Background: Serum oxalate levels suddenly increase with certain dietary exposures or ethylene glycol poisoning and are a well known cause of AKI. Established contributors to oxalate crystal-induced renal necroinflammation include the NACHT, LRR and PYD domains-containing protein-3 (NLRP3) inflammasome and mixed lineage kinase domain-like (MLKL) protein-dependent tubule necroptosis. These studies examined the role of a novel form of necrosis triggered by altered mitochondrial function.
Methods: To better understand the molecular pathophysiology of oxalate-induced AIK, we conducted in vitro studies in mouse and human kidney cells and in vivo studies in mice, including wild-type mice and knockout mice deficient in peptidylprolyl isomerase F (Ppif) or deficient in both Ppif and Mlkl.
Results: Crystals of calcium oxalate, monosodium urate, or calcium pyrophosphate dihydrate, as well as silica microparticles, triggered cell necrosis involving PPIF-dependent mitochondrial permeability transition. This process involves crystal phagocytosis, lysosomal cathepsin leakage, and increased release of reactive oxygen species. Mice with acute oxalosis displayed calcium oxalate crystals inside distal tubular epithelial cells associated with mitochondrial changes characteristic of mitochondrial permeability transition. Mice lacking Ppif or Mlkl or given an inhibitor of mitochondrial permeability transition displayed attenuated oxalate-induced AKI. Dual genetic deletion of Ppif and Mlkl or pharmaceutical inhibition of necroptosis was partially redundant, implying interlinked roles of these two pathways of regulated necrosis in acute oxalosis. Similarly, inhibition of mitochondrial permeability transition suppressed crystal-induced cell death in primary human tubular epithelial cells. PPIF and phosphorylated MLKL localized to injured tubules in diagnostic human kidney biopsies of oxalosis-related AKI.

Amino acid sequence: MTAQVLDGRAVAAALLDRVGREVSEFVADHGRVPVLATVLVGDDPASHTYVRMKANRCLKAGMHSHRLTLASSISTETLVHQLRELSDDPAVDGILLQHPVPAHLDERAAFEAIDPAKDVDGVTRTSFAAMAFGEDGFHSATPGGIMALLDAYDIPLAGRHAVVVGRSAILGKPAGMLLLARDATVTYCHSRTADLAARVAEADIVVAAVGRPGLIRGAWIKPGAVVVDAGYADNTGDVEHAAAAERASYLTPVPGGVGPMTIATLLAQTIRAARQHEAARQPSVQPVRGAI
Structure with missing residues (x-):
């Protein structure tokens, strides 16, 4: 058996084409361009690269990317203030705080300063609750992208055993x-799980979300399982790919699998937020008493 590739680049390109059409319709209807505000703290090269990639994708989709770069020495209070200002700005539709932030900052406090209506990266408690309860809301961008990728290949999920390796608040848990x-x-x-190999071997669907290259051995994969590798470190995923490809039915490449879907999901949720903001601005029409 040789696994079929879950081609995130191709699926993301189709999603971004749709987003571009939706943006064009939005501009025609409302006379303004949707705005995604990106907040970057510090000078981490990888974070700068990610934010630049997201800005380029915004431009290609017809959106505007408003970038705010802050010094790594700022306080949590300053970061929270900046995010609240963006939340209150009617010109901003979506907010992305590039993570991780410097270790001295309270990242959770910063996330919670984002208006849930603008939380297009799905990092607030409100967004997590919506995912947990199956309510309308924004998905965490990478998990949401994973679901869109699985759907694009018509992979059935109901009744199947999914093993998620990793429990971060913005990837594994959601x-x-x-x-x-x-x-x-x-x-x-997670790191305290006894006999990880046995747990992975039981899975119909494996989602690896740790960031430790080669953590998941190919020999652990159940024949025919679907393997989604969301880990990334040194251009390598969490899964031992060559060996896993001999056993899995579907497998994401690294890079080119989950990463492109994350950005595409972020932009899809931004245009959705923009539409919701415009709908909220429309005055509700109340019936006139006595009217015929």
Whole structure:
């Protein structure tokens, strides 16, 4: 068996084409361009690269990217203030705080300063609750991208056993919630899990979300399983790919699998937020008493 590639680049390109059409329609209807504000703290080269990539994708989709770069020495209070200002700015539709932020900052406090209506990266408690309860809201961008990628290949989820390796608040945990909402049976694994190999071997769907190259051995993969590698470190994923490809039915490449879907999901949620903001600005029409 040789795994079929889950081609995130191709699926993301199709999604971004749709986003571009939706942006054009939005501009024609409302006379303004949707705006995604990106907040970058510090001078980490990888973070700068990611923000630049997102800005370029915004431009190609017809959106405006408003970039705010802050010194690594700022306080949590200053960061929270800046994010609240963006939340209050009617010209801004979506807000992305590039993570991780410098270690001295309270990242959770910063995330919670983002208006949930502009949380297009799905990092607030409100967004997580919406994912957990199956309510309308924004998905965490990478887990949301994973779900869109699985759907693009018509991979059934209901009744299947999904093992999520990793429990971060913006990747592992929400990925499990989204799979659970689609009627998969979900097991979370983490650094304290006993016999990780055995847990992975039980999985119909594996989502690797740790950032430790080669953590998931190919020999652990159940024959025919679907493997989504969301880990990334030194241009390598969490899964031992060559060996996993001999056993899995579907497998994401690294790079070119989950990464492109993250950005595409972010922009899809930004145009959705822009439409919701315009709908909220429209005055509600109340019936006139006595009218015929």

Conclusions: Mitochondrial permeability transition-related regulated necrosis and necroptosis both contribute to oxalate-induced AKI, identifying PPIF as a potential molecular target for renoprotective intervention.
Keywords: acute renal failure; cell biology and structure; cyclosporine; kidney tubule; mitochondria.
Copyright © 2019 by the American Society of Nephrology.